TAMPA — Patrick Murray was watching a movie — appropriately enough titled Lone Survivor — when he got a call Friday from Bucs coach Lovie Smith informing him he had won the kicking job over reliable veteran Connor Barth.
"He informed me that I was the kicker and we are going to win a lot of football games this year," Murray said. "It was great to get that phone call."
The release of Barth ends his remarkable run of consistency with Tampa Bay after five seasons. He simply is the best in franchise history, an 84 percent career field-goal kicker and perfect on all 134 extra points.
Barth, 28, was scheduled to earn $2 million in base salary and $1.15 million in roster bonuses this year. He was attempting a comeback after missing 2013 when he tore the Achilles in his right kicking leg during a charity basketball game just a week before camp. Both kickers were 2-for-2 in field-goal attempts in the preseason.
Murray, 23, was among the first players signed after Smith was hired in January. Two weeks ago, Smith predicted Murray would have a job in the NFL but said he would have to score a knockout over Barth in training camp and preseason.
"There's no doubt that Connor Barth is one of the best kickers in this league and he will land somewhere," Murray said. "He's been a true professional since the first day I met him, and he's really helped me grow not only as a kicker but as a professional. He broke all of Martin Gramatica's records and I hope to do the same with his records and help the Bucs win a lot of football games.''
Barth was among 14 players cut on Friday, a list that included defensive end Larry English and tackle Jamon Meredith, in an effort to get down to the 53-man roster by 4 p.m. today.
An undrafted free agent from Fordham, Murray won the job based on his toughness and versatility. He was an All-America punter and kicker two years ago.
Murray was unable to secure an invitation to an NFL training camp in 2013. He went to rookie minicamp with the Bears last season and had two workouts with the Giants and Bucs before signing with Tampa Bay.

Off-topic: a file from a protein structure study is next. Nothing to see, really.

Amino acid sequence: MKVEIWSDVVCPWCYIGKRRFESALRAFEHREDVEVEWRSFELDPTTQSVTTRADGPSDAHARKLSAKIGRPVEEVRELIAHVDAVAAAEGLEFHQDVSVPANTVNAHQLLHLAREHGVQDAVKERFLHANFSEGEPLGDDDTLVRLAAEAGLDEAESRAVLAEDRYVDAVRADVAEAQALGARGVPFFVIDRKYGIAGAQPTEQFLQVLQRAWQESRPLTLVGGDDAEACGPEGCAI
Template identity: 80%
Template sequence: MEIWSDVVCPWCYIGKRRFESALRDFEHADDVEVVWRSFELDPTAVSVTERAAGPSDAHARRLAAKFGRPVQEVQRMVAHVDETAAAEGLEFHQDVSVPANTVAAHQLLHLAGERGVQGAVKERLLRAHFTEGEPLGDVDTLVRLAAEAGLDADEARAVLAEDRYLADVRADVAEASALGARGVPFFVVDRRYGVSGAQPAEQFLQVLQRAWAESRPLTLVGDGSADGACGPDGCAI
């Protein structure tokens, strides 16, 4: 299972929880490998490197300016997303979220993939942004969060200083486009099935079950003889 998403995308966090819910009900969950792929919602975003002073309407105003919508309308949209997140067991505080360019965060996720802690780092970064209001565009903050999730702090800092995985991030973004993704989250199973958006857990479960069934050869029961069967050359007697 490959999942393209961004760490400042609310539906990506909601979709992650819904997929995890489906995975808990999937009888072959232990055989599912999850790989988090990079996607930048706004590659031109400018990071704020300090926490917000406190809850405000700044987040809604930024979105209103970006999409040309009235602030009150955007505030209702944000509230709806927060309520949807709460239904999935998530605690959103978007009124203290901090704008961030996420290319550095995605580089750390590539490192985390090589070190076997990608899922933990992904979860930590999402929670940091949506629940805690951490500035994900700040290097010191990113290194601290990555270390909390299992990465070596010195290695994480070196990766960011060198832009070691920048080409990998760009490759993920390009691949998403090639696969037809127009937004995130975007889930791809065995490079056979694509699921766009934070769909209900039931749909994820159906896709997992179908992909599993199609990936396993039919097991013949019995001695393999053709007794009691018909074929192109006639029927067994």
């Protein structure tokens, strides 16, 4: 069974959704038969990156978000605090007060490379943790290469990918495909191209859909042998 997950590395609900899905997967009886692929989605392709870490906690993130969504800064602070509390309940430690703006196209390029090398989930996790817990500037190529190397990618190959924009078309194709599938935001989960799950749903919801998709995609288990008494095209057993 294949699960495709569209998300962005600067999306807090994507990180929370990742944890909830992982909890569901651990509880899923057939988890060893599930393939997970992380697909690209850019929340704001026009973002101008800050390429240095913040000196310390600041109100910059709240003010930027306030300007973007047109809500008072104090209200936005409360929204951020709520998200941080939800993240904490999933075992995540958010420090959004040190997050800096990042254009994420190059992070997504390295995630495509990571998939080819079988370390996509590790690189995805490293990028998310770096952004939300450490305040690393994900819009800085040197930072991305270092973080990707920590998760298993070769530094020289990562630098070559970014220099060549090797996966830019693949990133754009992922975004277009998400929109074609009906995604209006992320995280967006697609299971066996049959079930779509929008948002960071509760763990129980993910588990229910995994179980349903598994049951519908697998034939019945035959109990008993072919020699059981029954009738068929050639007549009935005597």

Still, he was a long shot against Barth, who tied for the NFL lead in field goals with 18 of 40 yards or longer in 2012. Smith made it clear that Murray would not start as an equal to Barth, who was given the team's franchise tag in 2012 before he agreed to a four-year, $13.2 million contract two months later.
Smith called releasing Barth a difficult decision. "We appreciate everything Connor has done for the Buccaneers, on and off the field over these past five years, but this decision was based on the best interests of our team moving forward," Smith said.
Barth thanked Bucs fans via Twitter. "Thanks to the bucs and all the fans and my teammates for the best 5 years of my life! It's been one hell of a ride."
At 5 feet 7, Murray is the shortest Buc. Coaches tried to simulate pressure situations in practice and Murray never flinched. "He pushed me just like I pushed him,'' he said of Barth. ''I'm excited for my opportunity."
Born in New Jersey, Murray has an interesting background. He learned to kick during yearly summer vacations to his father Aidan's homeland of Ireland. His family has a long history in Gaelic football, a sport played on a huge field with no passing, the ball advanced by punting and trying to dropkick it through or below uprights situated above a soccer-style goal.
"Mental toughness is the key for a kicker," Murray said. "I thought I performed well in training camp and the preseason, and I'm very thankful to have won the job."
Times staff writer Greg Auman contributed to this report. Contact Rick Stroud at email@example.com.